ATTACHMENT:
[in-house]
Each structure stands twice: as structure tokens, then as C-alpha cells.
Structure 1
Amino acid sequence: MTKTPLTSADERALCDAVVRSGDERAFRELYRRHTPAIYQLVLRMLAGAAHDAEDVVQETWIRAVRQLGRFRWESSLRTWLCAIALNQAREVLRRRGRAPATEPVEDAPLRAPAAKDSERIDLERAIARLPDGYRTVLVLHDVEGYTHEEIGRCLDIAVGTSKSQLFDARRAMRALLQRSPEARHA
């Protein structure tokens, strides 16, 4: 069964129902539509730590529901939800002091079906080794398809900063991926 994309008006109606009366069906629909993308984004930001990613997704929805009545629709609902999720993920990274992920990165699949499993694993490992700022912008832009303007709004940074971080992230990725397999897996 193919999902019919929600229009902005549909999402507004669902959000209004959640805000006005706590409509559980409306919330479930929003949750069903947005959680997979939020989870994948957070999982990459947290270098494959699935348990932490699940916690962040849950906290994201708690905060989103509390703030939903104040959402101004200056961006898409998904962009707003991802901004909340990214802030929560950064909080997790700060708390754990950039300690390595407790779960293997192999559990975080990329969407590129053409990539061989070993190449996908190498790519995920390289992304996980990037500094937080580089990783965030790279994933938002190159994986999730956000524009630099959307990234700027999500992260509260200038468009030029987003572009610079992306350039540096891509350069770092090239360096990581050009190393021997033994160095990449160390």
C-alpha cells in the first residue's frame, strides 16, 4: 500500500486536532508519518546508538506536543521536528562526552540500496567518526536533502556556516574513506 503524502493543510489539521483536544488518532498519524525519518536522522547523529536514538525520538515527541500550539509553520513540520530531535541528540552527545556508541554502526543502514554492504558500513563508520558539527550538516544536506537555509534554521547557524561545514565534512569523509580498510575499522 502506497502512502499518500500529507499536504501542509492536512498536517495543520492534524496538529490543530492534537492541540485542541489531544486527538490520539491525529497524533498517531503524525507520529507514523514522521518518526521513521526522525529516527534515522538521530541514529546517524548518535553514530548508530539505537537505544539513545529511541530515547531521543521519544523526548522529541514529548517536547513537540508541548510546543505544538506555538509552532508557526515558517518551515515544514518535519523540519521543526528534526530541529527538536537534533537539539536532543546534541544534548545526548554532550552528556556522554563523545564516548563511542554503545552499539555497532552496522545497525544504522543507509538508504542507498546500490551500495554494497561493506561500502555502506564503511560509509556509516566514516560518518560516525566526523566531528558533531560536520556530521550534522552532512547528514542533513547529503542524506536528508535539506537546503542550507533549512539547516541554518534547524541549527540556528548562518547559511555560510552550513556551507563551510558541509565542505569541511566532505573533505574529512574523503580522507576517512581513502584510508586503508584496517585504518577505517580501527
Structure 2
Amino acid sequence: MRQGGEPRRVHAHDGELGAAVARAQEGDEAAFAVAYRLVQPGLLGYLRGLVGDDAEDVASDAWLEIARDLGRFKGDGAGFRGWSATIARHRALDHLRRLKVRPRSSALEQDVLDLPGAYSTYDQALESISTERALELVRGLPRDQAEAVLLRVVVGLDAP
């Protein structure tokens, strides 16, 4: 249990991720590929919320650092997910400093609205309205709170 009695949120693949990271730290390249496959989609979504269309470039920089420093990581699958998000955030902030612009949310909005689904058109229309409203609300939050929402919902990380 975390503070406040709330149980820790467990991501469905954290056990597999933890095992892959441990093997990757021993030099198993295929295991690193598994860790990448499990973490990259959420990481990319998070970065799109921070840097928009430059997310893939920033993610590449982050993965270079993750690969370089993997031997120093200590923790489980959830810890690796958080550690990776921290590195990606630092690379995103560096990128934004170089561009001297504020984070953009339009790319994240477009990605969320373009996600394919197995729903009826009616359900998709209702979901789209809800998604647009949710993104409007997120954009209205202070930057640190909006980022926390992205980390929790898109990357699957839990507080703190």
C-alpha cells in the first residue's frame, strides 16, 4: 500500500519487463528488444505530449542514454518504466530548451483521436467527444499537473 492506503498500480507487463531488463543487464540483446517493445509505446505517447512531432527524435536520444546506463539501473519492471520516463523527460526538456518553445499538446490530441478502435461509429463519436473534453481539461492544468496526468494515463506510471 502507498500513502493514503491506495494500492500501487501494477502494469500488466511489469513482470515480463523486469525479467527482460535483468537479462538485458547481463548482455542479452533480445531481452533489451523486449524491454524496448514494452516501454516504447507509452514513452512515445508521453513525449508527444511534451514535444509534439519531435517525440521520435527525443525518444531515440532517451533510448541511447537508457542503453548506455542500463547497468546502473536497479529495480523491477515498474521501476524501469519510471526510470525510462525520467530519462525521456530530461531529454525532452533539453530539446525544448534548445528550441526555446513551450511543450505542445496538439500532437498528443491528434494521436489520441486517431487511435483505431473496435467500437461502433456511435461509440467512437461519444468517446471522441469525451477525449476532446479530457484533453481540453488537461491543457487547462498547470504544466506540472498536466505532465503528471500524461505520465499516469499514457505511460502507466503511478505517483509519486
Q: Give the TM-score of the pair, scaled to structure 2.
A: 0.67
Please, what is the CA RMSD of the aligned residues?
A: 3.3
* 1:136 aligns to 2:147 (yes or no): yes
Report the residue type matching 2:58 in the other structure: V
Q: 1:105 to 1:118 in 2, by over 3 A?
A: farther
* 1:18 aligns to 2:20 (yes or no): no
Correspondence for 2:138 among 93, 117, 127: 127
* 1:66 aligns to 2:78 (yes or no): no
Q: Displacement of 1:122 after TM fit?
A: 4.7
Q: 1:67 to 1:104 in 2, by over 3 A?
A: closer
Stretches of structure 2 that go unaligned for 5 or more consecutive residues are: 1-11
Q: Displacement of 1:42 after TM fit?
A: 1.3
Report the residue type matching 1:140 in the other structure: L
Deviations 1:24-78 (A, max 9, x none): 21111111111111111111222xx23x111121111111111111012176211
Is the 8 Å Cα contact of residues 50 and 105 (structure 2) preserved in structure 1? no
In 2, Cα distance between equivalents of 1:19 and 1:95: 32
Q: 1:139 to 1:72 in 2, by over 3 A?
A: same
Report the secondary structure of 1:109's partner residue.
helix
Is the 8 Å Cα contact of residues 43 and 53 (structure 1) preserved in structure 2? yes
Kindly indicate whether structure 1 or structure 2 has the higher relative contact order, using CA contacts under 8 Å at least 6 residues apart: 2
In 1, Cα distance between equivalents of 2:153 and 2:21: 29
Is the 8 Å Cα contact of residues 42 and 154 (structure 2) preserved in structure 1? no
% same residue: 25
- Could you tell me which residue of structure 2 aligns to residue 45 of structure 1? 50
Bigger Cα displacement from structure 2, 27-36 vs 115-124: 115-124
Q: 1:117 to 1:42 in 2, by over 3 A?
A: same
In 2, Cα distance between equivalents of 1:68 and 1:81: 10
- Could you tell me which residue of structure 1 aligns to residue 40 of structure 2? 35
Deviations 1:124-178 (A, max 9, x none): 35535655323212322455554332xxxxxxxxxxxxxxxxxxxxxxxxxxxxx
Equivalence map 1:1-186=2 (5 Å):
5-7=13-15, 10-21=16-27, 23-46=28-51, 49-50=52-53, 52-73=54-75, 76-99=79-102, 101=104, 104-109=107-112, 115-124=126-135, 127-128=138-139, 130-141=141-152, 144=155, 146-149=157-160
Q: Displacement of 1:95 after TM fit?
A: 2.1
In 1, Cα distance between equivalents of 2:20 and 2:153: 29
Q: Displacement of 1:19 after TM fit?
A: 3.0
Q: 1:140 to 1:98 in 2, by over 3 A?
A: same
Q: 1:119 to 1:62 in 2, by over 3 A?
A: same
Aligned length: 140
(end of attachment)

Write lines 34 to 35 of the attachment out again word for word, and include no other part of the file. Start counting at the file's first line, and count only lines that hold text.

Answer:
A: same
Report the secondary structure of 1:109's partner residue.